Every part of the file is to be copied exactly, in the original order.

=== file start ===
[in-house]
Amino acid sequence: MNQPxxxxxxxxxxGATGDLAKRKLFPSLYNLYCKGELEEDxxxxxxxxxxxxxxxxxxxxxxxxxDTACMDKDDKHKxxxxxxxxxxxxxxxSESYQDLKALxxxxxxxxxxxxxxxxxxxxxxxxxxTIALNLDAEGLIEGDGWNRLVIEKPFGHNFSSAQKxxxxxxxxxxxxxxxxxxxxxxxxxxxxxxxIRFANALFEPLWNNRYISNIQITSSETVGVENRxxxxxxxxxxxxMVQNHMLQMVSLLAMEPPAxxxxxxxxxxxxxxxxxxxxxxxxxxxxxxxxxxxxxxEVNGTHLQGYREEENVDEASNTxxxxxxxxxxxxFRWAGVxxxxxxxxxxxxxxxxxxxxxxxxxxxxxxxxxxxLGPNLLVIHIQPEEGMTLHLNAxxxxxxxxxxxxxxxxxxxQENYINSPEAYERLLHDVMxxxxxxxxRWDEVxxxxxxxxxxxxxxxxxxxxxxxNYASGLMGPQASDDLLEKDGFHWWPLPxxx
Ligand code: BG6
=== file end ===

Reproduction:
[in-house]
Amino acid sequence: MNQPxxxxxxxxxxGATGDLAKRKLFPSLYNLYCKGELEEDxxxxxxxxxxxxxxxxxxxxxxxxxDTACMDKDDKHKxxxxxxxxxxxxxxxSESYQDLKALxxxxxxxxxxxxxxxxxxxxxxxxxxTIALNLDAEGLIEGDGWNRLVIEKPFGHNFSSAQKxxxxxxxxxxxxxxxxxxxxxxxxxxxxxxxIRFANALFEPLWNNRYISNIQITSSETVGVENRxxxxxxxxxxxxMVQNHMLQMVSLLAMEPPAxxxxxxxxxxxxxxxxxxxxxxxxxxxxxxxxxxxxxxEVNGTHLQGYREEENVDEASNTxxxxxxxxxxxxFRWAGVxxxxxxxxxxxxxxxxxxxxxxxxxxxxxxxxxxxLGPNLLVIHIQPEEGMTLHLNAxxxxxxxxxxxxxxxxxxxQENYINSPEAYERLLHDVMxxxxxxxxRWDEVxxxxxxxxxxxxxxxxxxxxxxxNYASGLMGPQASDDLLEKDGFHWWPLPxxx
Ligand code: BG6